Toro Power Clear 221QR Review

(Model 38583)


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[Movie of me clearing about 6" of snow. Note the Quick Shoot handle and how easy it is to direct the snow]

Posted 12-16-2009

updated 2-27-2010

We live in Ann Arbor, MI. Snow is no stranger to our part of the world. As you can see I had a smaller Toro Powerlite snow thrower. We recently widened our driveway. The new width has turned a 1 hour job into a 2+ hour job during heavy snows. 4" of snow or greater is significant work for the Powerlite to throw. It has a 3hp motor. The constant bending to redirect the exit shoot is a hassle too. On our narrow ribbon of land I have to precisely place the thrown snow. I'd had enough of the Powerlite.

Easy Starting

I bought a Toro Power Clear 221QR in Jan of 2008 at Weingartz in Farmington Hills. The 'Q' stands for Quick Shoot. The 'R' stands for recoil start. There is an 'E' model with electric start for $100 more. The motor is much more powerful than the Powerlite. It's a 141cc 2-cycle engine. Yes, you do have to mix oil into the gasoline. It's very easy to mix and eliminates the yearly oil change. They don't call out a specific horsepower. It's in the 5hp range according to the salesman. It's smoother running too. I don't think it's much quieter, but it has a better muffler note which is easier on the ears. The older I get the more I worry about my hearing. I wear foam earplugs whenever I use loud power equipment. I have a recoil start. It usually starts in a couple of pulls. I did have a problem early on with it not starting. It happened when I switched to a cheaper brand 2-cycle oil mixed into the gasoline. I never was sure if it was the gas or the oil, but when I replaced both the thrower returned to normal starting.

I just started my 221QR up this week for the first time this winter. I filled the tank with fresh gas and oil mix. There was still gas in it from last season which I left in. I primed twice and it fired up in 2 pulls but then stalled. 2 more primes and it started first pull. It's run fine and started easily since then.

This is a significantly heavier machine than the Powerlite. In this case it's a good thing. The 221QR doesn't slip and slide around like the little one did. It also throws snow significantly further. I'd say I can fling dry powder snow almost 20ft. The motor almost never bogs down. I could easily stall the Powerlite by pushing it too fast into deep snow. No warning it was about to stall until too late. The 221QR in contrast gives you a little warning you're pushing it to hard. You can hear the motor slow in time to let up and regain speed.

Quick Shoot

The best part of the 221QR is the Quick Shoot. You just squeeze the blue knob and slide it up and down to redirect the exit chute. It's very precise. Redirecting while you're walking is easy. I think this is much better than the old crank method. The chute will pivot 180° with one quick push or pull. This feature is worth every penny. IMHO this is the feature which beats every other thrower out there. I use it constantly. It saves significant time. The Quick Shoot has been very reliable and durable. The Quick Shoot hasn't stuck in any temperature. It works smoothly with minimal effort. If something breaks it's all exposed and should be reasonable to fix. If you're wondering if it's worth the extra money over the 221 or 210, it is. Absolutely worth the $50 or $100 depending on what you're looking at. More important than electric start to me. The Zip Deflector on top of the Quick Shoot controls how high up and down the snow will fly. It has quite a few settings so you have good control over the placement of the snow.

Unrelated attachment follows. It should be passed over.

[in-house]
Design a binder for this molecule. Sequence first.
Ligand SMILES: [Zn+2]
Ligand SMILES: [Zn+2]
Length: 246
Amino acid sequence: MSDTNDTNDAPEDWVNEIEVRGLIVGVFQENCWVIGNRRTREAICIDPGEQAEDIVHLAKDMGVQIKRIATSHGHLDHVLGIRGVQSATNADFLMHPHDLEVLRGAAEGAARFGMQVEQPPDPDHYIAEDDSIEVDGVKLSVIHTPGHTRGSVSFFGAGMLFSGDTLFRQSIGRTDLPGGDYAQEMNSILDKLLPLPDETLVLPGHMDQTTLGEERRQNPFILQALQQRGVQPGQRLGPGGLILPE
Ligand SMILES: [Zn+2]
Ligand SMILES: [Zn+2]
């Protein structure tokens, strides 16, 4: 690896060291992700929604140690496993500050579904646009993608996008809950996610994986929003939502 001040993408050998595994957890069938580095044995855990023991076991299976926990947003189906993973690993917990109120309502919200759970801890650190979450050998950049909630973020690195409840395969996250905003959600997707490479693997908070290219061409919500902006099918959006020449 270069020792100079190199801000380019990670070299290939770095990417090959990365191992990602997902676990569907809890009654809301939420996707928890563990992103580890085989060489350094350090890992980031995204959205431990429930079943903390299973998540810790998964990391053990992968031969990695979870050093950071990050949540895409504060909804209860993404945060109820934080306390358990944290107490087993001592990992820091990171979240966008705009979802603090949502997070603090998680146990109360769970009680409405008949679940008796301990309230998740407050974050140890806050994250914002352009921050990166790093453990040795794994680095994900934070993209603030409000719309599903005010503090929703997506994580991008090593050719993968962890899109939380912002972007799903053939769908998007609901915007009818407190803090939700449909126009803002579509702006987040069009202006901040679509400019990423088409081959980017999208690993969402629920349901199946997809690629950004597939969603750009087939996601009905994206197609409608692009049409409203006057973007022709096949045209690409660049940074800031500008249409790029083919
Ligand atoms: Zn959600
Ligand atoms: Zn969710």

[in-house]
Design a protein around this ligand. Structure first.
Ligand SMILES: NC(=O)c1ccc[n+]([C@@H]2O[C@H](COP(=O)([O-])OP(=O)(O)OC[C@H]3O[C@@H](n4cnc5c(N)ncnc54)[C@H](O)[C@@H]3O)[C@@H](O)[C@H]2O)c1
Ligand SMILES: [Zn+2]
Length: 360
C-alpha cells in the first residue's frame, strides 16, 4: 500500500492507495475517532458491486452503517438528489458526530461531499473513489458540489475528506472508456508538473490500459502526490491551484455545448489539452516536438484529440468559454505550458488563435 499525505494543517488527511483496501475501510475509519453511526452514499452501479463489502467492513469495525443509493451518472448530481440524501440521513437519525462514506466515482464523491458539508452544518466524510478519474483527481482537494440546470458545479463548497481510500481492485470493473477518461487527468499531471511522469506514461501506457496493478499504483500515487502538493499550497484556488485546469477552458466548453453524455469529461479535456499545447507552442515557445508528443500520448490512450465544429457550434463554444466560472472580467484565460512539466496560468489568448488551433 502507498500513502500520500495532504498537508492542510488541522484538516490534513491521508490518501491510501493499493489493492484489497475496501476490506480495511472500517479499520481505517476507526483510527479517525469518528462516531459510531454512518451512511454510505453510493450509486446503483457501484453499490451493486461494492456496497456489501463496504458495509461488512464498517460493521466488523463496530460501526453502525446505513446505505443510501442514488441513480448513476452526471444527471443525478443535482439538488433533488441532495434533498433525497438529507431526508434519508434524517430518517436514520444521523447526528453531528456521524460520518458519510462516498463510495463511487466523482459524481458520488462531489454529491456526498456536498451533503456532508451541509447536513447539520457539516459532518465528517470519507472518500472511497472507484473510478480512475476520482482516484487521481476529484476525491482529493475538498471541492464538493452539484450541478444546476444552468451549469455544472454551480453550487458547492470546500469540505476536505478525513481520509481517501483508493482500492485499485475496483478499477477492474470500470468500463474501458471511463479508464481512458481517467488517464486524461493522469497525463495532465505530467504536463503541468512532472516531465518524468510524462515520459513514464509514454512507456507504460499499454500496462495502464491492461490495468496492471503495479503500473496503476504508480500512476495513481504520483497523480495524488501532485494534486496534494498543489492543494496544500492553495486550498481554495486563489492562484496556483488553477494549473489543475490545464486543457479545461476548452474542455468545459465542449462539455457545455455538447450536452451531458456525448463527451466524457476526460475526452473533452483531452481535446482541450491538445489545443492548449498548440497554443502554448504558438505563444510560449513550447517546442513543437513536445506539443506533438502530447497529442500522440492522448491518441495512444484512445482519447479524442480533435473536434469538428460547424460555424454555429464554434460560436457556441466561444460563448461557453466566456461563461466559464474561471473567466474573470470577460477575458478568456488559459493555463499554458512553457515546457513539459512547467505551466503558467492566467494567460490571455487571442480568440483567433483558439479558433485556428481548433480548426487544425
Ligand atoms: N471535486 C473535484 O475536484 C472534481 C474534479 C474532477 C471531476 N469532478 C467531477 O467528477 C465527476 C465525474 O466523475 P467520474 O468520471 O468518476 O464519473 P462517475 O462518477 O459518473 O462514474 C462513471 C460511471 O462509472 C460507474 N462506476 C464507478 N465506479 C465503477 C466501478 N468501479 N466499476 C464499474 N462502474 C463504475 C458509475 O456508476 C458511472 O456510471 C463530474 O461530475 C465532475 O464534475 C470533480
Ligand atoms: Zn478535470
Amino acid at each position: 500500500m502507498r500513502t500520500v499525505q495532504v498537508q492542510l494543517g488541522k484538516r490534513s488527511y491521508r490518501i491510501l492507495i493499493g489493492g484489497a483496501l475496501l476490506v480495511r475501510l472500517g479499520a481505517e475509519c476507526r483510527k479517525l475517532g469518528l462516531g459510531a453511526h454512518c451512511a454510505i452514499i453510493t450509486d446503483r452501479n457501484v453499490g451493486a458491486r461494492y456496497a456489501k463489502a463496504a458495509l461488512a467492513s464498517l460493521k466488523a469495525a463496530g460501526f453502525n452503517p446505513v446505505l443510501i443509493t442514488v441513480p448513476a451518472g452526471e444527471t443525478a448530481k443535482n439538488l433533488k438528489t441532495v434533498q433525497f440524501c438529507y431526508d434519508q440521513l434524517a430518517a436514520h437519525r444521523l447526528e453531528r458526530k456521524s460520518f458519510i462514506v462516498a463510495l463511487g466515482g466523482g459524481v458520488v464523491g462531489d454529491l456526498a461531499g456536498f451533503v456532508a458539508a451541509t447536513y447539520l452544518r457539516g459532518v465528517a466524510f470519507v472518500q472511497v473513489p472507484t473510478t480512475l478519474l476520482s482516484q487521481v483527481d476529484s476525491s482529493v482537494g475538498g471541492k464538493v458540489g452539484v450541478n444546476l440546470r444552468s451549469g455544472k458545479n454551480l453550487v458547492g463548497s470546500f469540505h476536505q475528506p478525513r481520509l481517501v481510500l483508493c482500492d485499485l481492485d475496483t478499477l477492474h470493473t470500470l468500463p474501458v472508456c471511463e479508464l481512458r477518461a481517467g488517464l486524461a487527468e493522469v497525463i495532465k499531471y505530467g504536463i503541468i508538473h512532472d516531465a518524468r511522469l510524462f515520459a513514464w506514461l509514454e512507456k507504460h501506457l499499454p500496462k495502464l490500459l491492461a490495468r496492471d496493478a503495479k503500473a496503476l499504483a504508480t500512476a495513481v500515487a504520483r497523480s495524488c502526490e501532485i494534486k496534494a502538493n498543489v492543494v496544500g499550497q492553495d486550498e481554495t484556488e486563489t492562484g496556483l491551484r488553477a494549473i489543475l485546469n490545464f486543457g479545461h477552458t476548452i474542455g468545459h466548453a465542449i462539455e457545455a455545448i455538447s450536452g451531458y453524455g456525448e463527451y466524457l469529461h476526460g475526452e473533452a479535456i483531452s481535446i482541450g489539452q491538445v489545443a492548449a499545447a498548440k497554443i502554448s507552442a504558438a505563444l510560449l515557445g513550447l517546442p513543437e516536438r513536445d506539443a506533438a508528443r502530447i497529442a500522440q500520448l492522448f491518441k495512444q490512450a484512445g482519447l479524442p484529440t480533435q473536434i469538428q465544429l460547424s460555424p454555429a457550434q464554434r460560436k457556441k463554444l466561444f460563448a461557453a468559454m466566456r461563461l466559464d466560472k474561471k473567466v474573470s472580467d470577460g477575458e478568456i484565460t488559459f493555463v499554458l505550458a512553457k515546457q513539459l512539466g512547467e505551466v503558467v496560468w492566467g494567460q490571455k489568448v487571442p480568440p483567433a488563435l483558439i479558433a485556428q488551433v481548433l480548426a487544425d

Fuel Efficient

With the bigger motor I expected I would be buying more gasoline and oil. This was not the case. I can clear my driveway and sidewalks in about 40 minutes. I was spending 1-1/2 hours + with my Powerlite. With so much power I can go quicker and move far more snow in less than half the time. I use less gas with the 221QR than I did with the Powerlite. As for mixing oil with gas, I really prefer it now. I don't have to check a dipstick on the engine. I don't have to do oil changes like I do with my mower. It's more convenient. How much gas do I use? 2 - 4 gallons in a season. Less than $20 including oil.

All Good

Any negatives? Not really. The only thing which wasn't great was the expense of the new rubber impellers. The rubber blades wear away as they scrape concrete. To their credit I've never damaged my driveway using Toro snow throwers. The rubber blade clears snow right to surface of the concrete. There is also a plastic scraper bar under the thrower which has to be replaced once a season usually. Depends how much you use it, of course. The 2 impellers and scraper set me back about $74 at the Toro dealer. I might be able to find it cheaper online.
It's a big machine. I could put the Powerlite in the trunk of my car. This one needs my van to move it. This isn't the kind of machine you want to pick up often. The Powerlite is much more portable. There are benefits to the size of the 221QR. The wider mouth means fewer passes. The weight of the machine makes it easier to control.

Overall, this is a great snow thrower. The Quick Shoot is the best feature I've seen on any thrower. Spend the money, buy the Q!